In much of the global ocean, iron is a limiting nutrient for marine productivity. The formation of pyrite has been considered the most important sink of reactive iron in modern, organic-rich sediments. However, clay mineral transformations can also lead to long-term sequestration of iron during late diagenesis and in hydrothermal settings. Here we present evidence for substantial iron sequestration during the early diagenetic formation of ferruginous clay minerals, also called green-clay authigenesis, in the deep-sea environment of the Ivory Coast–Ghana Marginal Ridge. Using high-resolution electron microscopic methods and sequential sediment extraction techniques, we demonstrate that iron uptake by green-clay authigenesis can amount to 76 ± 127 μmol Fe cm−2 kyr−1, which is on average six times higher than that of pyrite in suboxic subsurface sediments 5 m below the sea floor or shallower. Even at depths of 15 m below the sea floor or greater, rates of iron burial by green clay and pyrite are almost equal at ∼80 μmol Fe cm−2 kyr−1. We conclude that green-clay formation significantly reduces the pore water inventory of dissolved iron in modern and ancient pelagic sediments, which challenges the long-standing conceptual view that clay mineral diagenesis is of little importance in current biogeochemical models of the marine iron cycle.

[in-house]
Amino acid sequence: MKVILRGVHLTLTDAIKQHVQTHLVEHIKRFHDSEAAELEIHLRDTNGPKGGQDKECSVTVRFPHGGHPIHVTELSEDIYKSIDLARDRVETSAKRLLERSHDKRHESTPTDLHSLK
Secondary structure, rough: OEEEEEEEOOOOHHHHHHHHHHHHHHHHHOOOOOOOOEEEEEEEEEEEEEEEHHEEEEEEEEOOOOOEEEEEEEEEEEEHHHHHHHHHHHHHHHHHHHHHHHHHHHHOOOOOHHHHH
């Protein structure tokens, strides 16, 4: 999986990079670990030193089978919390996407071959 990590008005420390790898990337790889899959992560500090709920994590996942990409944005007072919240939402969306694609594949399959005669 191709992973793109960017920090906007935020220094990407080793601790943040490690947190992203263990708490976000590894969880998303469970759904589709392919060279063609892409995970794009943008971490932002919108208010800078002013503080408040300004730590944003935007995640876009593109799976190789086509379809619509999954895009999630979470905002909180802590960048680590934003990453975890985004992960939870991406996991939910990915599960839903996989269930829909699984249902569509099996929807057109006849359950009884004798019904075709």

Fields of Expertise
- Advanced Materials Science
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